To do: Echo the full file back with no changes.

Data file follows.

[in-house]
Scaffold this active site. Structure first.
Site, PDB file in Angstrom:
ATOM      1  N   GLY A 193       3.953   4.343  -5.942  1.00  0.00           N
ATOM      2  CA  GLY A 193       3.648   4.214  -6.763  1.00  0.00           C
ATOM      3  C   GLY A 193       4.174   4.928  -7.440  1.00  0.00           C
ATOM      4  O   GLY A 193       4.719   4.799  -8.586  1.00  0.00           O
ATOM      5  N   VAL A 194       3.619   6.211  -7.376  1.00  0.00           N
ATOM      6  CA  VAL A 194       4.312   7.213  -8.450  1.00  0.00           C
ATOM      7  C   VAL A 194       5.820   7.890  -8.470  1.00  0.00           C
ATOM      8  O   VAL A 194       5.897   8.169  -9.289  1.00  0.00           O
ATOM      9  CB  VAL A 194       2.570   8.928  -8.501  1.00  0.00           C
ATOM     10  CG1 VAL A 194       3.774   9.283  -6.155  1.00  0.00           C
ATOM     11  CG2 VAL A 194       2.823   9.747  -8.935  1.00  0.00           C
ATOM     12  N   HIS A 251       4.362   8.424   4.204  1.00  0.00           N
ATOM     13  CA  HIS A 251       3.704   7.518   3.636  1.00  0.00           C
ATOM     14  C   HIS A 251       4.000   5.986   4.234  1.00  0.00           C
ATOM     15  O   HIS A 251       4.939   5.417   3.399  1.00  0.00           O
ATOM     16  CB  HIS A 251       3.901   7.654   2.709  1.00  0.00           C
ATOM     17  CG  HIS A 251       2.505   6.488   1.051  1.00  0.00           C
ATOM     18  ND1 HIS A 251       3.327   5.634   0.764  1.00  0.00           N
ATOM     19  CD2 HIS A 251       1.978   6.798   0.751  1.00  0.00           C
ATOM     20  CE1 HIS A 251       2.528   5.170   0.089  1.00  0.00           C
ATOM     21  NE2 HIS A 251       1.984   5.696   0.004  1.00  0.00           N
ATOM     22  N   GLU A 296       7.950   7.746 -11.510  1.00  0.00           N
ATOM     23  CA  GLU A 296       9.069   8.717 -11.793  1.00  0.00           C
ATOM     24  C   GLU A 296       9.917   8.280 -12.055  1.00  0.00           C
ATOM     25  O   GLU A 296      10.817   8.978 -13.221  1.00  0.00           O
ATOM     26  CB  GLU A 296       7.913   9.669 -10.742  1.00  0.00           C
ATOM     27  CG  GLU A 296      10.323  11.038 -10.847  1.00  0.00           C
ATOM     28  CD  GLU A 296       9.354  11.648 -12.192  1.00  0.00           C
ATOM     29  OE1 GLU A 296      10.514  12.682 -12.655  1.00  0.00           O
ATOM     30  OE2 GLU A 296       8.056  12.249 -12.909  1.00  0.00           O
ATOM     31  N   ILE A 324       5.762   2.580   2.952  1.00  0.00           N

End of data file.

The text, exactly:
[in-house]
Scaffold this active site. Structure first.
Site, PDB file in Angstrom:
ATOM      1  N   GLY A 193       3.953   4.343  -5.942  1.00  0.00           N
ATOM      2  CA  GLY A 193       3.648   4.214  -6.763  1.00  0.00           C
ATOM      3  C   GLY A 193       4.174   4.928  -7.440  1.00  0.00           C
ATOM      4  O   GLY A 193       4.719   4.799  -8.586  1.00  0.00           O
ATOM      5  N   VAL A 194       3.619   6.211  -7.376  1.00  0.00           N
ATOM      6  CA  VAL A 194       4.312   7.213  -8.450  1.00  0.00           C
ATOM      7  C   VAL A 194       5.820   7.890  -8.470  1.00  0.00           C
ATOM      8  O   VAL A 194       5.897   8.169  -9.289  1.00  0.00           O
ATOM      9  CB  VAL A 194       2.570   8.928  -8.501  1.00  0.00           C
ATOM     10  CG1 VAL A 194       3.774   9.283  -6.155  1.00  0.00           C
ATOM     11  CG2 VAL A 194       2.823   9.747  -8.935  1.00  0.00           C
ATOM     12  N   HIS A 251       4.362   8.424   4.204  1.00  0.00           N
ATOM     13  CA  HIS A 251       3.704   7.518   3.636  1.00  0.00           C
ATOM     14  C   HIS A 251       4.000   5.986   4.234  1.00  0.00           C
ATOM     15  O   HIS A 251       4.939   5.417   3.399  1.00  0.00           O
ATOM     16  CB  HIS A 251       3.901   7.654   2.709  1.00  0.00           C
ATOM     17  CG  HIS A 251       2.505   6.488   1.051  1.00  0.00           C
ATOM     18  ND1 HIS A 251       3.327   5.634   0.764  1.00  0.00           N
ATOM     19  CD2 HIS A 251       1.978   6.798   0.751  1.00  0.00           C
ATOM     20  CE1 HIS A 251       2.528   5.170   0.089  1.00  0.00           C
ATOM     21  NE2 HIS A 251       1.984   5.696   0.004  1.00  0.00           N
ATOM     22  N   GLU A 296       7.950   7.746 -11.510  1.00  0.00           N
ATOM     23  CA  GLU A 296       9.069   8.717 -11.793  1.00  0.00           C
ATOM     24  C   GLU A 296       9.917   8.280 -12.055  1.00  0.00           C
ATOM     25  O   GLU A 296      10.817   8.978 -13.221  1.00  0.00           O
ATOM     26  CB  GLU A 296       7.913   9.669 -10.742  1.00  0.00           C
ATOM     27  CG  GLU A 296      10.323  11.038 -10.847  1.00  0.00           C
ATOM     28  CD  GLU A 296       9.354  11.648 -12.192  1.00  0.00           C
ATOM     29  OE1 GLU A 296      10.514  12.682 -12.655  1.00  0.00           O
ATOM     30  OE2 GLU A 296       8.056  12.249 -12.909  1.00  0.00           O
ATOM     31  N   ILE A 324       5.762   2.580   2.952  1.00  0.00           N